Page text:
Mr. Man and I both rated this cake "just okay". It's definitely edible and not awful, but the mushiness and over sweetness of the topping really didn't do this cake any favours.

I can't get canned Dole fruits, so I used another brand. I did use Dole pineapple juice.
I didn't put 3 tablespoons of butter on the bottom, but I did liberally grease the pan.
I baked the cake in an oven-safe frying pan.


[HFF] Valentine Crunch (1961)

It's time for Historical Food Fortnightly challenge number four! No surprise to anyone, I'm sure, this challenge's theme is based on Valentine's Day and it's sweet traditions.

Now, HFF technically describes "historical" to mean anything up to 1960, so I'm fudging it a little here with this 1961 recipe. It comes from the Lakeland Ledger, a newspaper based in Florida. 
The Challenge:
4. Sweets for the Sweet (February 12 - February 25) It’s sugar, and maybe spice, and definitely everything nice. Test out a historic recipe for sweets, sweetmeats and candies - but don’t let them spoil your appetite!

The Recipe:
Valentine Crunch
Yield: 1 pound

3/4 cup margarine
1 cup sugar
2 tablespoons water
1 tablespoon light corn syrup
1 cup chopped nuts
1/2 cup coconut, optional
1/2 teaspoon rum extract
1 cup semi-sweet chocolate pieces

Melt margarine in a heavy saucepan. Add sugar and combine well. Cook over low heat, stirring constantly, until mixture is well blended and begins to bubble. Add water and corn syrup and mix well. Continue cooking mixture over low heat, stirring frequently, until 290 degrees F. registers on a candy thermometer or until a drop in cold water "cracks" or is brittle. Remove from heat.

Stir in nuts, coconut, and rum extract. Pour out onto a cooky sheet. Cool to room temperature. Melt semi-sweet chocolate pieces over boiling water. Spread evenly over candy and set aside until firm. When firm, break into pieces
The Verdict:
Unfortunately, it seems that I've already got my recipe for challenge 24, "Redo". I'm not sure if it was the temperature or the corn syrup substitution, but my candy went from liquid and glossy to thick and crumbly. There was no "crunch" at all. I hoped it would keep together well once it cooled down, but unfortunately it didn't work out that way. Also, I found it way too sweet for my tastes - I think maybe having the chocolate mixed in instead of just on top might help...on the other hand, Mr. Man really loved it!


* I can't get corn syrup here, so I tried using mizuame.
* I didn't have a thermometer, so I used the cold water method.
* I used almonds and peanuts as my nuts.
* I forgot the rum extract, so I sprinkled some on top at the last minute. I couldn't really taste it.

[HFF] To bake Spritzgebackenes (1553)

I recently came across and interesting historical foodie challenge called  Historical Food Fortnightly. I wanted to join immediately. I know I've been scarce around here for the past year and a half. My hope is that I can start posting here more often, and that having specific challenges to complete will help me with that. From now on, my challenge posts will be tagged with HFF to indicate that they are part of Historical Food Fortnightly. Since I missed the first two challenges, here is my answer to challenge number three - history detective!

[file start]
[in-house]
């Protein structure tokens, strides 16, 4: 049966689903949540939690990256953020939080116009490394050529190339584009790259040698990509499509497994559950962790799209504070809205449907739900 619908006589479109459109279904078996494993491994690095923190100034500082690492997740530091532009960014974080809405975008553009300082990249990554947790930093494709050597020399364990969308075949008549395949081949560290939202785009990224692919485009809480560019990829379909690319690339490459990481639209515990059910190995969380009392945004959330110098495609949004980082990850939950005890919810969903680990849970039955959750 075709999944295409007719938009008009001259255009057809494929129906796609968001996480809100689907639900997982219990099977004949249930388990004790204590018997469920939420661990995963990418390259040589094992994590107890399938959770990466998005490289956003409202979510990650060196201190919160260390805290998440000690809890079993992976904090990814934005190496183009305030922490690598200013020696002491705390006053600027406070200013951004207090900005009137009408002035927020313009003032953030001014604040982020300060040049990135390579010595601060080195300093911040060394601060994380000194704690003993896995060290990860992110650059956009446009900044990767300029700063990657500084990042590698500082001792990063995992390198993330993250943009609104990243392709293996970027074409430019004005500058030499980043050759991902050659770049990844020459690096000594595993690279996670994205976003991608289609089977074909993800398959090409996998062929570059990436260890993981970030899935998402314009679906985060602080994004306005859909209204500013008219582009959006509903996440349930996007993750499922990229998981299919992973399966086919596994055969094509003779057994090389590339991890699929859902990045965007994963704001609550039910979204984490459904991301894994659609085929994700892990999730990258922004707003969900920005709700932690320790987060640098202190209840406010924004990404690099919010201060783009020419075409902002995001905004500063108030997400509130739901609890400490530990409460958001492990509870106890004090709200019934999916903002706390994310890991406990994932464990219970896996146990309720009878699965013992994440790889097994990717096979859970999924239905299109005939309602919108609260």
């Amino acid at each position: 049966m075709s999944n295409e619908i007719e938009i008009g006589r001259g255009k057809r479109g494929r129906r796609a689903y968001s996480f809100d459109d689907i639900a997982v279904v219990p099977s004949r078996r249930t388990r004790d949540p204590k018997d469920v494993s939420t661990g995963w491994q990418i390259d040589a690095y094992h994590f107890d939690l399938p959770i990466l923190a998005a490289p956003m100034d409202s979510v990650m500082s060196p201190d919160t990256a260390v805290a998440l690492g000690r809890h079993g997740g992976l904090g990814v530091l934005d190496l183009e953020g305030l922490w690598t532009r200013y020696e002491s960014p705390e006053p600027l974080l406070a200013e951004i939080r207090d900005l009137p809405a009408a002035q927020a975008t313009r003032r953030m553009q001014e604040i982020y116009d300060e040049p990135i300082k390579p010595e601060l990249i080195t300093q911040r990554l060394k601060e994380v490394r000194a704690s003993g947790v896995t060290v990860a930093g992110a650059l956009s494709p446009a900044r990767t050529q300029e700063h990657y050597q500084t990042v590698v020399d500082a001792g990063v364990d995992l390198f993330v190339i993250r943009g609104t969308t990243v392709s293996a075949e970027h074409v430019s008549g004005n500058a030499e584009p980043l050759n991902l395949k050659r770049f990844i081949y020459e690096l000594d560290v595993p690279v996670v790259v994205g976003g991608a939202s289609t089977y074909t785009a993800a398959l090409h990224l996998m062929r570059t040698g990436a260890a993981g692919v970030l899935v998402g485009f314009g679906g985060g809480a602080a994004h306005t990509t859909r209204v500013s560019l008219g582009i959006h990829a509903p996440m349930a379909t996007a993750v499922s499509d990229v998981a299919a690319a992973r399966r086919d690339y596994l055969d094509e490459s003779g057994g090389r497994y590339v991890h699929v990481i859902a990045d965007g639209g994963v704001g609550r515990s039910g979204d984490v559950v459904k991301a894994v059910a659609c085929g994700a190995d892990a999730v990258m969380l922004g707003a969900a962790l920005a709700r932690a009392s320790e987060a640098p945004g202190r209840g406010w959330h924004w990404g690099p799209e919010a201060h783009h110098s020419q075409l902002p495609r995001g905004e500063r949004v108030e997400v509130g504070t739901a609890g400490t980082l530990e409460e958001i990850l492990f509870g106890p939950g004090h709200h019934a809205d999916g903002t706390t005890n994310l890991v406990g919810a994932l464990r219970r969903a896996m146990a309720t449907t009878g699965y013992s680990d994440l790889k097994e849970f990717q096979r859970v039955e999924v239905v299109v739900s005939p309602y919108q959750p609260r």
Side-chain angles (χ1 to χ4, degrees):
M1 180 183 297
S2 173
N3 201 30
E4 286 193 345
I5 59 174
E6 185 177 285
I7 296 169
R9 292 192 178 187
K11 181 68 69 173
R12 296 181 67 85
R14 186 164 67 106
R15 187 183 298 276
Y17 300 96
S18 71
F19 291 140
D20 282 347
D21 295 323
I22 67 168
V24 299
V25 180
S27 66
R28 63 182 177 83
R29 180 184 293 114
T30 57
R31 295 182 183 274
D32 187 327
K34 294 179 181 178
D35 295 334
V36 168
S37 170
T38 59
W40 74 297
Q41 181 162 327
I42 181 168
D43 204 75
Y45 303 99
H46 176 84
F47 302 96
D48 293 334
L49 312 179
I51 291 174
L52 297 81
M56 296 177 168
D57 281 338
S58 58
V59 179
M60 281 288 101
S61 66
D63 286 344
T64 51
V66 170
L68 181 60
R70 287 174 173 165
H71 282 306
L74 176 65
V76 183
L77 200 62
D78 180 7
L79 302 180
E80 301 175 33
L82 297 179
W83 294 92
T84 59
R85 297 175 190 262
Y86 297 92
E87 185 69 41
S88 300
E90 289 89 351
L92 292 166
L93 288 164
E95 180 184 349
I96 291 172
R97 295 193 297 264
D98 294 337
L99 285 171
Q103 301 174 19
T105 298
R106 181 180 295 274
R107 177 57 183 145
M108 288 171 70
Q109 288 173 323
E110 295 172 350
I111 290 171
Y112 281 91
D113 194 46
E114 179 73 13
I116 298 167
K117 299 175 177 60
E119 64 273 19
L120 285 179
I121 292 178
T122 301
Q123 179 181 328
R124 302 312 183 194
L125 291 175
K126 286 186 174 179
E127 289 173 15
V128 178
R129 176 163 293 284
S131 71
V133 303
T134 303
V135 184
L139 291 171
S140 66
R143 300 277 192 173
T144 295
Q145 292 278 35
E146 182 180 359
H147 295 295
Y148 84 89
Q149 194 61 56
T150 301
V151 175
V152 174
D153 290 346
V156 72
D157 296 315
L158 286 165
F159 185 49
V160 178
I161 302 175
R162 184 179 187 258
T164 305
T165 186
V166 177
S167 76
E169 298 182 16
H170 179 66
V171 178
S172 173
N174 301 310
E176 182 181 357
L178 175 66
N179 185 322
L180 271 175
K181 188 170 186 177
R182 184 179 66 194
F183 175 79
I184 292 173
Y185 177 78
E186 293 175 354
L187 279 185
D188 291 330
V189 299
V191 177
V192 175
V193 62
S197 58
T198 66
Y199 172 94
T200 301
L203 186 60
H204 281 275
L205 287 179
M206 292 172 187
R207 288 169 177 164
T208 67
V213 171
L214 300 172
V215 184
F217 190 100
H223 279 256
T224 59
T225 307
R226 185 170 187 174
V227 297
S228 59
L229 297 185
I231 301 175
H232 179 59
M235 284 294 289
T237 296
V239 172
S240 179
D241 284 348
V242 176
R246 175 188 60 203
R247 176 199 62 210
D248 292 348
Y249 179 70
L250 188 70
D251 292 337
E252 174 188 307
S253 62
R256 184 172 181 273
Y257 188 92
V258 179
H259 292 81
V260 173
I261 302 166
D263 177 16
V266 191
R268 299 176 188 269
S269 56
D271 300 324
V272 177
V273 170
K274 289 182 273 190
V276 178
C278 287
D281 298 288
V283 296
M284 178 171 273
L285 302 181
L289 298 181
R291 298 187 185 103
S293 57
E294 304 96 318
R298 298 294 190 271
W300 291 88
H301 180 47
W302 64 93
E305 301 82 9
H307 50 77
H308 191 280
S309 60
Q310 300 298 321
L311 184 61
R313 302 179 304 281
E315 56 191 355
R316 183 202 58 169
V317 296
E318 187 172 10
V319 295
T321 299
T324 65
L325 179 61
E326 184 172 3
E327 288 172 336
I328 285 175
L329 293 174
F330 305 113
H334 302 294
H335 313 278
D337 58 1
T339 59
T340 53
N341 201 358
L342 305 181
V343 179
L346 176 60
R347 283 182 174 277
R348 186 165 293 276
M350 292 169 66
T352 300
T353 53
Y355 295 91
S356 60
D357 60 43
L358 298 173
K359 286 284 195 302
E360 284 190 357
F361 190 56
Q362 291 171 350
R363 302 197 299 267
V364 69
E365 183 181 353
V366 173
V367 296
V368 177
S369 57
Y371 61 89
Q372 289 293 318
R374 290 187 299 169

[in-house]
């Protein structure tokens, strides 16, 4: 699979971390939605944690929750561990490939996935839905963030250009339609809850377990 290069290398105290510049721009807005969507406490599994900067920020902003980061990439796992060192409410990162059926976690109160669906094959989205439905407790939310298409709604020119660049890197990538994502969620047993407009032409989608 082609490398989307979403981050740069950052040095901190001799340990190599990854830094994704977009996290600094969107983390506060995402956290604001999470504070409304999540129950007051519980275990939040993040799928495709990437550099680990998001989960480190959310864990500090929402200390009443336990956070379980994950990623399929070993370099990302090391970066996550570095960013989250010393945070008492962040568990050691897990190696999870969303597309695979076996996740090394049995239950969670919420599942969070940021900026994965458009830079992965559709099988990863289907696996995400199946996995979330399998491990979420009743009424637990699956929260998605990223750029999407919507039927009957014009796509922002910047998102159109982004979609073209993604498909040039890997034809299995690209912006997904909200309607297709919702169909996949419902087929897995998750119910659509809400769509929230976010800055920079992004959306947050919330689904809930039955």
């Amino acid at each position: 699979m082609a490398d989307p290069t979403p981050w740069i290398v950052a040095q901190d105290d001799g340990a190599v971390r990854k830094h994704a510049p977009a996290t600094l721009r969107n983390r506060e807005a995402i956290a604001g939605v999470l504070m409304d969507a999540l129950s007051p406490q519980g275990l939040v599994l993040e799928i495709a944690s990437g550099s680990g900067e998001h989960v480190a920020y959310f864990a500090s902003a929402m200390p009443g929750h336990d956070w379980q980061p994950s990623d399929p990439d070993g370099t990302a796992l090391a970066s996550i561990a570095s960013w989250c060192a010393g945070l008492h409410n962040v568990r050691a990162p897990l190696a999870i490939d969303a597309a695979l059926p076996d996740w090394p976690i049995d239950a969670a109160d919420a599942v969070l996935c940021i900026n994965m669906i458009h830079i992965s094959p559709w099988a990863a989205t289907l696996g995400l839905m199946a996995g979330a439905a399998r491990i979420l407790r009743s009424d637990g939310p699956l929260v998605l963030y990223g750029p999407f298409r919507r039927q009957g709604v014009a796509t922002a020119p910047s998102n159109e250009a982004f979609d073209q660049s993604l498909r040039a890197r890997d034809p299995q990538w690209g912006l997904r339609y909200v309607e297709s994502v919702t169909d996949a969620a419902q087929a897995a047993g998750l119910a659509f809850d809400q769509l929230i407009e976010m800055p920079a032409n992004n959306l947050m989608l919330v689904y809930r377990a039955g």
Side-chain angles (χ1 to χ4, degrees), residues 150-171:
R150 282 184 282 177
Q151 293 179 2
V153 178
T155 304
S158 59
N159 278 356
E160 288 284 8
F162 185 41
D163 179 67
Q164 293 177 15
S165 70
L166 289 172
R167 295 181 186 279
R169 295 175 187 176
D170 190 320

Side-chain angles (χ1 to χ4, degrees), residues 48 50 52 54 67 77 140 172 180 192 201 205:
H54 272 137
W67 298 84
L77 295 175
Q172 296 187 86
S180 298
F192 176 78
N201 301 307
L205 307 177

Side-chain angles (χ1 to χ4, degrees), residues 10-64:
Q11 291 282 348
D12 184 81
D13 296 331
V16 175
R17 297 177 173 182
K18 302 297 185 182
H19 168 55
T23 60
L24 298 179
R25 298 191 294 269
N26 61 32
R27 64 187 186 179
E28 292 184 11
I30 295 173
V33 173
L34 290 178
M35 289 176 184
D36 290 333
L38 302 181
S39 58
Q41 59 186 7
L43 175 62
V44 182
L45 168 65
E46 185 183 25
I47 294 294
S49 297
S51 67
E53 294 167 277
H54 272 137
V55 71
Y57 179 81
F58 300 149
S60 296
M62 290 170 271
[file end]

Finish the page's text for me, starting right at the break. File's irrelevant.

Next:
The Brief:
3. History Detective (January 29 - February 11) For this challenge, you get to be the detective! Either use clues from multiple recipes to make a composite recipe, or choose a very vague recipe and investigate how it was made.
I spent some time reading through cookbooks and flip-flopping between ideas for this challenge, but I felt especially drawn to a 1553 recipe for Spritzgebackenes. This recipe comes from a cookbook called Das Kochbuch der Sabina Welserin, so named because it was written by a woman named Sabina Welserin, whose family was part of the mercantile upper class in Augsburg. This was a private, hand-written cookbook, so it was never published in Sabina's lifetime - in fact, not until 1980. It was translated into English in 1998.

A very preliminary search pulled up the Wikipedia entry for Spritzgebäck. Often known as spritz or German/Scandanavian spritz cookies, it seemed like my search was over! But alas, that would be too easy, wouldn't it.

I went to work looking for other recipes under name variations on Spritzgebäck and spritz cookies. I collected a variety of recipes from 1941 to 2009 and started comparing. But something was odd. The 1553 recipe called for milk, but no other recipe did. And the 1553 recipe mentioned frying, but spritz cookies are baked (could this be a translation error? I wondered). I decided I needed to take the leap into German-language cookbooks.

Initially, I was having some difficulty finding German cookbooks, but as it turns out, HathiTrust Digital Library was my big break. In the cookbook, Tausend und ein rezept (c.1916), I found an intriguing recipe for Spritz-Krapfen. This recipe called for a choux dough which is fried in hot fat and sprinkled with vanilla sugar. Although it was in a completely different direction than where I was headed, it felt similar to my 1553 recipe.

Then I found another cookbook, Die vollkommene Köchin (1838). Amazingly, it had a recipe titled Spritz-Gebackenes - the exact title of the 1553 recipe I started with. However, the ingredients and the methods were very similar to the 1916 Spritz-Krapfen. This recipe did not resemble any spritz cookie recipes I had looked at earlier.